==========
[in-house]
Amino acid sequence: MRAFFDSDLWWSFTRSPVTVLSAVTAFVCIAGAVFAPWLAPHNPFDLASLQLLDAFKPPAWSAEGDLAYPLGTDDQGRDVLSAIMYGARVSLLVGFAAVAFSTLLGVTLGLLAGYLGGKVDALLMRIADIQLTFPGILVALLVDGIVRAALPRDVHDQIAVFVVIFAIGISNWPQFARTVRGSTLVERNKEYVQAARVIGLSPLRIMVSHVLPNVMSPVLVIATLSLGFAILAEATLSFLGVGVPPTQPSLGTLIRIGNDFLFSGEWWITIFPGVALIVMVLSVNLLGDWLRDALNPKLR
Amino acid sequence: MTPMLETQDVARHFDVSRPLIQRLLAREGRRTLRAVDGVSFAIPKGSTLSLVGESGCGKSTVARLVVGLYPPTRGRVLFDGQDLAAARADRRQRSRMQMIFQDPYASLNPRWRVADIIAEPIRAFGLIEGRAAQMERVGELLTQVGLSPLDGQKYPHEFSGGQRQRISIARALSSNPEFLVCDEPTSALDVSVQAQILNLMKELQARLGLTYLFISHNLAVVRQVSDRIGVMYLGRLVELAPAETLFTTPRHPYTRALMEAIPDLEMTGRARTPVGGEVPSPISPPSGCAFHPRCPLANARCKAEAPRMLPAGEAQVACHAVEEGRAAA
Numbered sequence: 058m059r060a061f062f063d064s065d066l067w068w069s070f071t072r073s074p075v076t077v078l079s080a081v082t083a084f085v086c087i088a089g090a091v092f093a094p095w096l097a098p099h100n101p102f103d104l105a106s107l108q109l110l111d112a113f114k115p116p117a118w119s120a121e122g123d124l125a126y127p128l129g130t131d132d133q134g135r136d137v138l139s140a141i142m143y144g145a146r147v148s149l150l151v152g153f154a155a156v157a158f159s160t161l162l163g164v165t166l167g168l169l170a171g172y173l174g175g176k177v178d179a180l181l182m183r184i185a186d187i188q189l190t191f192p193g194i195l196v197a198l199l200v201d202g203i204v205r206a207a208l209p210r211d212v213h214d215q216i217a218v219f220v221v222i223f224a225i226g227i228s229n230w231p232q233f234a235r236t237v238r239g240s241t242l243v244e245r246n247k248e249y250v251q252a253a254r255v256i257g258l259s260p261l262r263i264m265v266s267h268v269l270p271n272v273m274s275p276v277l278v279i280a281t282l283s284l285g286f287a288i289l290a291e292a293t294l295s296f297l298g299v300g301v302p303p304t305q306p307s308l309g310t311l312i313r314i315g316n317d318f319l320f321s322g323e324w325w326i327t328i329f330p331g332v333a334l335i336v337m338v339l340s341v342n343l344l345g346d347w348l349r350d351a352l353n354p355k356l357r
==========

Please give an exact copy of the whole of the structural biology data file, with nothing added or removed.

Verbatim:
[in-house]
Amino acid sequence: MRAFFDSDLWWSFTRSPVTVLSAVTAFVCIAGAVFAPWLAPHNPFDLASLQLLDAFKPPAWSAEGDLAYPLGTDDQGRDVLSAIMYGARVSLLVGFAAVAFSTLLGVTLGLLAGYLGGKVDALLMRIADIQLTFPGILVALLVDGIVRAALPRDVHDQIAVFVVIFAIGISNWPQFARTVRGSTLVERNKEYVQAARVIGLSPLRIMVSHVLPNVMSPVLVIATLSLGFAILAEATLSFLGVGVPPTQPSLGTLIRIGNDFLFSGEWWITIFPGVALIVMVLSVNLLGDWLRDALNPKLR
Amino acid sequence: MTPMLETQDVARHFDVSRPLIQRLLAREGRRTLRAVDGVSFAIPKGSTLSLVGESGCGKSTVARLVVGLYPPTRGRVLFDGQDLAAARADRRQRSRMQMIFQDPYASLNPRWRVADIIAEPIRAFGLIEGRAAQMERVGELLTQVGLSPLDGQKYPHEFSGGQRQRISIARALSSNPEFLVCDEPTSALDVSVQAQILNLMKELQARLGLTYLFISHNLAVVRQVSDRIGVMYLGRLVELAPAETLFTTPRHPYTRALMEAIPDLEMTGRARTPVGGEVPSPISPPSGCAFHPRCPLANARCKAEAPRMLPAGEAQVACHAVEEGRAAA
Numbered sequence: 058m059r060a061f062f063d064s065d066l067w068w069s070f071t072r073s074p075v076t077v078l079s080a081v082t083a084f085v086c087i088a089g090a091v092f093a094p095w096l097a098p099h100n101p102f103d104l105a106s107l108q109l110l111d112a113f114k115p116p117a118w119s120a121e122g123d124l125a126y127p128l129g130t131d132d133q134g135r136d137v138l139s140a141i142m143y144g145a146r147v148s149l150l151v152g153f154a155a156v157a158f159s160t161l162l163g164v165t166l167g168l169l170a171g172y173l174g175g176k177v178d179a180l181l182m183r184i185a186d187i188q189l190t191f192p193g194i195l196v197a198l199l200v201d202g203i204v205r206a207a208l209p210r211d212v213h214d215q216i217a218v219f220v221v222i223f224a225i226g227i228s229n230w231p232q233f234a235r236t237v238r239g240s241t242l243v244e245r246n247k248e249y250v251q252a253a254r255v256i257g258l259s260p261l262r263i264m265v266s267h268v269l270p271n272v273m274s275p276v277l278v279i280a281t282l283s284l285g286f287a288i289l290a291e292a293t294l295s296f297l298g299v300g301v302p303p304t305q306p307s308l309g310t311l312i313r314i315g316n317d318f319l320f321s322g323e324w325w326i327t328i329f330p331g332v333a334l335i336v337m338v339l340s341v342n343l344l345g346d347w348l349r350d351a352l353n354p355k356l357r